I would like to address three points: (1) the framework for defence-technical cooperation that exists today between NATO and Ukraine; (2) an overview of latest activities; and (3) opportunities for further development of cooperation in this field.
NATO-Ukraine framework for defence-technical cooperation
Let me start by drawing a picture of the overarching framework for cooperation between NATO and Ukraine. This framework is underpinned by the 1997 Charter on a Distinctive Partnership. The NATO-Ukraine Commission (NUC) provides direction and serves as a forum for consultation between Allies and Ukraine on issues of concern.
A number of joint working groups have been set up under the umbrella of the NUC to take forward the work in specific areas, including the Joint Working Group on Defence Reform that facilitates consultation and practical cooperation in defence and security sector reform. In 2004, a coordination mechanism was created in the area of defence-technical cooperation – the Joint Working Group on Defence-Technical Cooperation (JWG DTC).
This Group focuses on enhancing interoperability of Ukrainian contributions to international operations with the forces of NATO Nations. We have had twenty meetings so far, with the last one held this past January in Kyiv. With the January meeting we raised the level of co-chairmanship to indicate the strengthening of cooperation between NATO and Ukraine in these difficult times. This working group is a mechanism to provide oversight of and direction to cooperation. This cooperation takes places through multiple contacts in NATO including the Conference of National Armaments Directors – the CNAD, the Air Traffic Management Committee or the Consultation, Command and Control Board (C3B). Thanks to avid interest from Ukraine we have seen increased participation in all of these groups which we believe will ensure continued interoperability with NATO.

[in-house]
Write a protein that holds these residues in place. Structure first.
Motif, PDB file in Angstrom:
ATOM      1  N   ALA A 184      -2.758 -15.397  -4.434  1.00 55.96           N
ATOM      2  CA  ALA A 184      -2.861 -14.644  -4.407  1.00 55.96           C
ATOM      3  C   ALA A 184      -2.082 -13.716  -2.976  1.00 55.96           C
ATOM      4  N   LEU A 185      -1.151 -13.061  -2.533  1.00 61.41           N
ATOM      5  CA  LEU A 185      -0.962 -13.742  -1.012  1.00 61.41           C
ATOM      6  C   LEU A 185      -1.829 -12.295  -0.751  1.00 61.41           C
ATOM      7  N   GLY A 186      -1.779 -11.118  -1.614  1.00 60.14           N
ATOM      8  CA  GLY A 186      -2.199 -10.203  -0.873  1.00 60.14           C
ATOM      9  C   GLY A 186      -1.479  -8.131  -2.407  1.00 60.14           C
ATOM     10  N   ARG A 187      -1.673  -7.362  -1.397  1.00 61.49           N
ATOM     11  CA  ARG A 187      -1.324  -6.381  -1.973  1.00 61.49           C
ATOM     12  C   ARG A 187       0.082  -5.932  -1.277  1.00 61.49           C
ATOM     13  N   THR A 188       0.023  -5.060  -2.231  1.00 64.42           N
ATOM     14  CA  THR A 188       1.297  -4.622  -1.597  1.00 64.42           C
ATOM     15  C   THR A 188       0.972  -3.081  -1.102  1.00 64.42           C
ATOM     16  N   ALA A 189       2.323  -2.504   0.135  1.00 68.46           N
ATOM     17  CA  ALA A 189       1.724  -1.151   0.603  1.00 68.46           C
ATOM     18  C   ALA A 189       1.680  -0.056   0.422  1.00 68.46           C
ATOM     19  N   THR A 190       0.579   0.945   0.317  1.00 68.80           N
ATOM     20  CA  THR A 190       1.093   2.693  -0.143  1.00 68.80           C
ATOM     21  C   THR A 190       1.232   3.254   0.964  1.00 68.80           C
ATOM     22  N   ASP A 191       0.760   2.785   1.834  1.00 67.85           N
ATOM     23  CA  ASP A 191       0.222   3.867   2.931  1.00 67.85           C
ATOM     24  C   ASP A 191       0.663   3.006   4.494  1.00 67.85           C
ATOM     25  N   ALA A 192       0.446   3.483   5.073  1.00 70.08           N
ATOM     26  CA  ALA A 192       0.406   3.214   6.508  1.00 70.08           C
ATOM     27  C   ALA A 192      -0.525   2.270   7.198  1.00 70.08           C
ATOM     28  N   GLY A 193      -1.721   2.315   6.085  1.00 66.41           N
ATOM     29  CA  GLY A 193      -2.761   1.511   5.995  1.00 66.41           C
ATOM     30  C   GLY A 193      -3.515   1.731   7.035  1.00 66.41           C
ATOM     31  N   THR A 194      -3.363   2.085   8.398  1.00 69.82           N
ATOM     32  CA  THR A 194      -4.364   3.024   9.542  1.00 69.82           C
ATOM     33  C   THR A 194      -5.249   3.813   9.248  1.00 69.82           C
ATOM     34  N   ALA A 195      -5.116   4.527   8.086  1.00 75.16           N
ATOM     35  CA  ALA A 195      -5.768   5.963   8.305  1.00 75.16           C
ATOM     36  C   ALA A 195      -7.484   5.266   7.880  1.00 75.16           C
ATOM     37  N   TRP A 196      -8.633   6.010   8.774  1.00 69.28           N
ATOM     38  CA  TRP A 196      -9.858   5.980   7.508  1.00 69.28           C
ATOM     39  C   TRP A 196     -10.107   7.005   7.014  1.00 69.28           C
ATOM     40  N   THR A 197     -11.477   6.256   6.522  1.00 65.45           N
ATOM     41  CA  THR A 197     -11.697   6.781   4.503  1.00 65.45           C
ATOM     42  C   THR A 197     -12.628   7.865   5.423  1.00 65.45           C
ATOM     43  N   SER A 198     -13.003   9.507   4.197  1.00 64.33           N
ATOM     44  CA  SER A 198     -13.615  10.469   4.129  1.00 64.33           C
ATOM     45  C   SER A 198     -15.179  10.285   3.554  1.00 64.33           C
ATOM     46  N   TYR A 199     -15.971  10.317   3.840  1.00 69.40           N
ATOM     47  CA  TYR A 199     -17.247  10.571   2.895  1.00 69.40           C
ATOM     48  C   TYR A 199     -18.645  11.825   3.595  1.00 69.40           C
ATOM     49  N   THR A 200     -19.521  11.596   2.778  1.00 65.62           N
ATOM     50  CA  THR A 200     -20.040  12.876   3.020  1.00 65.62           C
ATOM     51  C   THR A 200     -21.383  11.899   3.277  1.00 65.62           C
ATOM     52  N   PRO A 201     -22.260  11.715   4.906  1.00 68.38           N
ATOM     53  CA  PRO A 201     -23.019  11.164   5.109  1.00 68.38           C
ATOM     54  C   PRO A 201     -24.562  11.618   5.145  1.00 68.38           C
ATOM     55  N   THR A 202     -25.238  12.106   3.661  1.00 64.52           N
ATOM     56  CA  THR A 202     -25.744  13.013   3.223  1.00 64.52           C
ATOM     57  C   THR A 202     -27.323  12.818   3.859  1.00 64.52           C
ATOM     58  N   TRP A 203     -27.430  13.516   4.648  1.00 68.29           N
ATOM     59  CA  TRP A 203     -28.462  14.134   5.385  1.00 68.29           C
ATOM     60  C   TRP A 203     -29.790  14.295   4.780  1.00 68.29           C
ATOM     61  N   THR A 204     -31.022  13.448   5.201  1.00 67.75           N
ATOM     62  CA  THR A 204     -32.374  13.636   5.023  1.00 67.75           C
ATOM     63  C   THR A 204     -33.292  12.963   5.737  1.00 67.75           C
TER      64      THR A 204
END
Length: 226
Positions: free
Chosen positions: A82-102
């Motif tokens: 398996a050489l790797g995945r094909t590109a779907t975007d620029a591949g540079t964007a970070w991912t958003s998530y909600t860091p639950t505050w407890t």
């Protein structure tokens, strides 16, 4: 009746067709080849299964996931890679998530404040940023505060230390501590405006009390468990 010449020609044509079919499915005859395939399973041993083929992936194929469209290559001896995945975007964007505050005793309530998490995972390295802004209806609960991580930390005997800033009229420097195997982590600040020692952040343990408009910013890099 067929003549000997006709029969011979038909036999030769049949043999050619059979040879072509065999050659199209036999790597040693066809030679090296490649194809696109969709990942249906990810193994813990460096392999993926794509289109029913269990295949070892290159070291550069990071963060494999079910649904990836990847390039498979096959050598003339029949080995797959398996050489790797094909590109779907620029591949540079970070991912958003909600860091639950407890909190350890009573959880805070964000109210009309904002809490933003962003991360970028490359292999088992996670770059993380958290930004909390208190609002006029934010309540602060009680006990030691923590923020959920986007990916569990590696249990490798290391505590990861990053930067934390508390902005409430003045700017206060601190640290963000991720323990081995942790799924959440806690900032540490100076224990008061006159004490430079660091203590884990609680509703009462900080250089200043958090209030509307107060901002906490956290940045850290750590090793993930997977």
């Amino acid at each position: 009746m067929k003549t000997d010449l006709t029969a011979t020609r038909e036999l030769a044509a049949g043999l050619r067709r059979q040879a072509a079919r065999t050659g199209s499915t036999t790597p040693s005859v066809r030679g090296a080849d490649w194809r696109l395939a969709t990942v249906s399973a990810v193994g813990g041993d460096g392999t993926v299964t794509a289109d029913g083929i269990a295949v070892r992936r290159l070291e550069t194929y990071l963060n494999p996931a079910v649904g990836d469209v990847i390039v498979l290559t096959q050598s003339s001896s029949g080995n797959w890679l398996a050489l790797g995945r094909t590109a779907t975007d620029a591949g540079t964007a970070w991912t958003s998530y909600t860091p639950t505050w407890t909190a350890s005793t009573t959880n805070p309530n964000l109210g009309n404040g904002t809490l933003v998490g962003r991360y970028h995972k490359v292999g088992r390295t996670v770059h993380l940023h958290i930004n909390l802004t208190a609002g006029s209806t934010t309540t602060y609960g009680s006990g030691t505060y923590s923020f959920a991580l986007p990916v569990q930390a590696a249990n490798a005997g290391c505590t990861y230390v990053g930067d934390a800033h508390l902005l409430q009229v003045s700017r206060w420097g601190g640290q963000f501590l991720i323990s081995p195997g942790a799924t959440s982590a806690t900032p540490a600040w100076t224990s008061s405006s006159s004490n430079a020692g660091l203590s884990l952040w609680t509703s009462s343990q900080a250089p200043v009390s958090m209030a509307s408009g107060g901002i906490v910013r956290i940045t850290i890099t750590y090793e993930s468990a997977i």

Let me now give you an overview of some of the latest activities.
Overview of latest activities
During the January meeting of the Joint Working Group on Defence-Technical Cooperation, Ukrainian and NATO representatives assessed Ukraine’s involvement in the activities of the CNAD, reviewed cooperation in various capability development strands and identified several practical areas of cooperation in view of enhancing interoperability and strengthening the capabilities of the Ukrainian Armed Forces.
To begin with, the participation of Ukrainian experts in the CNAD – Conference of National Armaments Directors, is intended to promote cooperation in the armaments field. It brings together the top national officials responsible for defence procurement in NATO member and partner countries to consider the political, economic and technical aspects of the development and procurement of equipment for NATO forces.
CNAD has a substantial substructure. That is, various groups, sub-groups and specialist teams under the Army, Naval and Air Force Armaments Groups as well as groups active in the fields of ammunition safety, system life cycle management, logistics codification and the defence industry. These groups support cooperation on equipment and research projects and serve as means of information sharing on national programmes to the benefit of both individual countries and NATO as a whole.